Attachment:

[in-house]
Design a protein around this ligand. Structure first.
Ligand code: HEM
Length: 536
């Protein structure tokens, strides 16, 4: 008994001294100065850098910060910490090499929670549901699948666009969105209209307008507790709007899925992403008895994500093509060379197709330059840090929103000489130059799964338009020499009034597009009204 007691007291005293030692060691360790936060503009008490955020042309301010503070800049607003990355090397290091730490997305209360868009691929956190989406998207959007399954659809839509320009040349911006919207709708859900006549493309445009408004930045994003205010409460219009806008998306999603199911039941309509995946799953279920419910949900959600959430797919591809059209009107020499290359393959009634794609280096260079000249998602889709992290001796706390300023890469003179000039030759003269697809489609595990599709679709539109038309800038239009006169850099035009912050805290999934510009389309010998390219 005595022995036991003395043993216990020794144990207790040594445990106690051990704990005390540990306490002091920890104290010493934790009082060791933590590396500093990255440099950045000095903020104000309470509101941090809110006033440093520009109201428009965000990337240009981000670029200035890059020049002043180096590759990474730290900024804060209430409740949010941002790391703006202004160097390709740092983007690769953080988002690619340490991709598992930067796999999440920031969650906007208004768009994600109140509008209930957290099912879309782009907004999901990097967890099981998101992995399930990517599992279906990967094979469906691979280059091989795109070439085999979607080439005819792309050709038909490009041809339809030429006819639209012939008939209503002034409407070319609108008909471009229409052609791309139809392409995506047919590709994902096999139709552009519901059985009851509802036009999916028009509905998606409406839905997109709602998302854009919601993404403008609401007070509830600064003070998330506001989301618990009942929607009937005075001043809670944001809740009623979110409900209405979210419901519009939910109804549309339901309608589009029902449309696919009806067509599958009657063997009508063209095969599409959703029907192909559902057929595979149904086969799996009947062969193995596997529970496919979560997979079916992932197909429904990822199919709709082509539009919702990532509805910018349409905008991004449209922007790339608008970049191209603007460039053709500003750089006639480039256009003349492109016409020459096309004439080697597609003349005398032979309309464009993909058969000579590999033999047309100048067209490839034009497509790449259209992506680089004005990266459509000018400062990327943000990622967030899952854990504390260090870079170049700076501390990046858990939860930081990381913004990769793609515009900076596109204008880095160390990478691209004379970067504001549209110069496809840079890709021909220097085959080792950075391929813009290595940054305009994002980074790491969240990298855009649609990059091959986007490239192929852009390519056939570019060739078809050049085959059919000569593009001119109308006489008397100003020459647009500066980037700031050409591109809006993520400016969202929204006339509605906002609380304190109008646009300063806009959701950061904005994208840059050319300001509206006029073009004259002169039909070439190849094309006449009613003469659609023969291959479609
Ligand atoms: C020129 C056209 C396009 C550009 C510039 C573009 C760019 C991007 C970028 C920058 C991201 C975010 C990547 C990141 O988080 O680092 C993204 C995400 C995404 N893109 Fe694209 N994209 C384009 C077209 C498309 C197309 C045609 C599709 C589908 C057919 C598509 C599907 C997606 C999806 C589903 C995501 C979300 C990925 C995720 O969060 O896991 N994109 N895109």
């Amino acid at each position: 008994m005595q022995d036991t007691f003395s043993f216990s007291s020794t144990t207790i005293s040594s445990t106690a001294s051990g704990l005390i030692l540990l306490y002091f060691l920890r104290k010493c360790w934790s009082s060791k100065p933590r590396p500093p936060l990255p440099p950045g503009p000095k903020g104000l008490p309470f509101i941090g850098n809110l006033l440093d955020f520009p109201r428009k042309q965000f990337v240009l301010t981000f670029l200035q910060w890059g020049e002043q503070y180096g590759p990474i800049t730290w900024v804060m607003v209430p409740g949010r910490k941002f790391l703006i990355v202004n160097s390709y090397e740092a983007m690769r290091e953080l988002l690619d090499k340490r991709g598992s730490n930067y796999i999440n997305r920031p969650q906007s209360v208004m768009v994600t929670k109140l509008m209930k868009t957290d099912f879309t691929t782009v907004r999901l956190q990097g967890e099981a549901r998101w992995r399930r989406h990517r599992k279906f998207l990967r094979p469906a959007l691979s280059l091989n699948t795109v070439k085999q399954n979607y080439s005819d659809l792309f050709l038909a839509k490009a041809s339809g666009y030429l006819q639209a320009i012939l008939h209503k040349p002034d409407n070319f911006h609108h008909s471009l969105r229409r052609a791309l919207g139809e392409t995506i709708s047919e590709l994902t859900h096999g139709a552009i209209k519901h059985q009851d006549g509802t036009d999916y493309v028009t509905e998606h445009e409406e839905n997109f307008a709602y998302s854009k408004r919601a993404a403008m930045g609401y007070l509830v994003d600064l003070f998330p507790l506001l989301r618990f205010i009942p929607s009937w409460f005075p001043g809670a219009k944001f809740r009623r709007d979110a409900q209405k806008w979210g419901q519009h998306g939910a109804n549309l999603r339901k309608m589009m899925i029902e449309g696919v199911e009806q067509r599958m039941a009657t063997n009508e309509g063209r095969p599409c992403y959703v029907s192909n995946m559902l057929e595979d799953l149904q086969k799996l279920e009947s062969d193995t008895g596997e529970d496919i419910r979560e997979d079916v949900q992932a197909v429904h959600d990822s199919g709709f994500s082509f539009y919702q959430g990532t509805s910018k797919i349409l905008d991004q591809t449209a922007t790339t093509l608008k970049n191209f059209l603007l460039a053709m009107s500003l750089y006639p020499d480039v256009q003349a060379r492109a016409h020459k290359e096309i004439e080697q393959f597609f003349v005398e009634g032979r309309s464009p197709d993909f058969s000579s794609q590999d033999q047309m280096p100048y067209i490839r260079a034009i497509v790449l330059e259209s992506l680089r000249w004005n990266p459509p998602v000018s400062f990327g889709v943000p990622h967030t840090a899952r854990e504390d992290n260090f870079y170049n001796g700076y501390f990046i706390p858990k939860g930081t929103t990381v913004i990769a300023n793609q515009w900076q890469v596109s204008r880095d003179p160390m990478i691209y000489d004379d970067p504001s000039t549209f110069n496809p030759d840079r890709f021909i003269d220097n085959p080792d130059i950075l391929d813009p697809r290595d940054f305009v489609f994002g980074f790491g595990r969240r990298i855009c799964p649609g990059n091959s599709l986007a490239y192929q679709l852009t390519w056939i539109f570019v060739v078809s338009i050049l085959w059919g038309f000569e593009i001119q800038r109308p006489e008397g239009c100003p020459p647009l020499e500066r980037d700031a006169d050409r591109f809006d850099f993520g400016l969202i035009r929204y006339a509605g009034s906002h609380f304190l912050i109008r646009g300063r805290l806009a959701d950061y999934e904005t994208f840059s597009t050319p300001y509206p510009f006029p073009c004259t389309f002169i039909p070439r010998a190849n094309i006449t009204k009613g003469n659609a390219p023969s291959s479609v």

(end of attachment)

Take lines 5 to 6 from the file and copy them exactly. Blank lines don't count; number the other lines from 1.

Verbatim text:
């Protein structure tokens, strides 16, 4: 008994001294100065850098910060910490090499929670549901699948666009969105209209307008507790709007899925992403008895994500093509060379197709330059840090929103000489130059799964338009020499009034597009009204 007691007291005293030692060691360790936060503009008490955020042309301010503070800049607003990355090397290091730490997305209360868009691929956190989406998207959007399954659809839509320009040349911006919207709708859900006549493309445009408004930045994003205010409460219009806008998306999603199911039941309509995946799953279920419910949900959600959430797919591809059209009107020499290359393959009634794609280096260079000249998602889709992290001796706390300023890469003179000039030759003269697809489609595990599709679709539109038309800038239009006169850099035009912050805290999934510009389309010998390219 005595022995036991003395043993216990020794144990207790040594445990106690051990704990005390540990306490002091920890104290010493934790009082060791933590590396500093990255440099950045000095903020104000309470509101941090809110006033440093520009109201428009965000990337240009981000670029200035890059020049002043180096590759990474730290900024804060209430409740949010941002790391703006202004160097390709740092983007690769953080988002690619340490991709598992930067796999999440920031969650906007208004768009994600109140509008209930957290099912879309782009907004999901990097967890099981998101992995399930990517599992279906990967094979469906691979280059091989795109070439085999979607080439005819792309050709038909490009041809339809030429006819639209012939008939209503002034409407070319609108008909471009229409052609791309139809392409995506047919590709994902096999139709552009519901059985009851509802036009999916028009509905998606409406839905997109709602998302854009919601993404403008609401007070509830600064003070998330506001989301618990009942929607009937005075001043809670944001809740009623979110409900209405979210419901519009939910109804549309339901309608589009029902449309696919009806067509599958009657063997009508063209095969599409959703029907192909559902057929595979149904086969799996009947062969193995596997529970496919979560997979079916992932197909429904990822199919709709082509539009919702990532509805910018349409905008991004449209922007790339608008970049191209603007460039053709500003750089006639480039256009003349492109016409020459096309004439080697597609003349005398032979309309464009993909058969000579590999033999047309100048067209490839034009497509790449259209992506680089004005990266459509000018400062990327943000990622967030899952854990504390260090870079170049700076501390990046858990939860930081990381913004990769793609515009900076596109204008880095160390990478691209004379970067504001549209110069496809840079890709021909220097085959080792950075391929813009290595940054305009994002980074790491969240990298855009649609990059091959986007490239192929852009390519056939570019060739078809050049085959059919000569593009001119109308006489008397100003020459647009500066980037700031050409591109809006993520400016969202929204006339509605906002609380304190109008646009300063806009959701950061904005994208840059050319300001509206006029073009004259002169039909070439190849094309006449009613003469659609023969291959479609
Ligand atoms: C020129 C056209 C396009 C550009 C510039 C573009 C760019 C991007 C970028 C920058 C991201 C975010 C990547 C990141 O988080 O680092 C993204 C995400 C995404 N893109 Fe694209 N994209 C384009 C077209 C498309 C197309 C045609 C599709 C589908 C057919 C598509 C599907 C997606 C999806 C589903 C995501 C979300 C990925 C995720 O969060 O896991 N994109 N895109």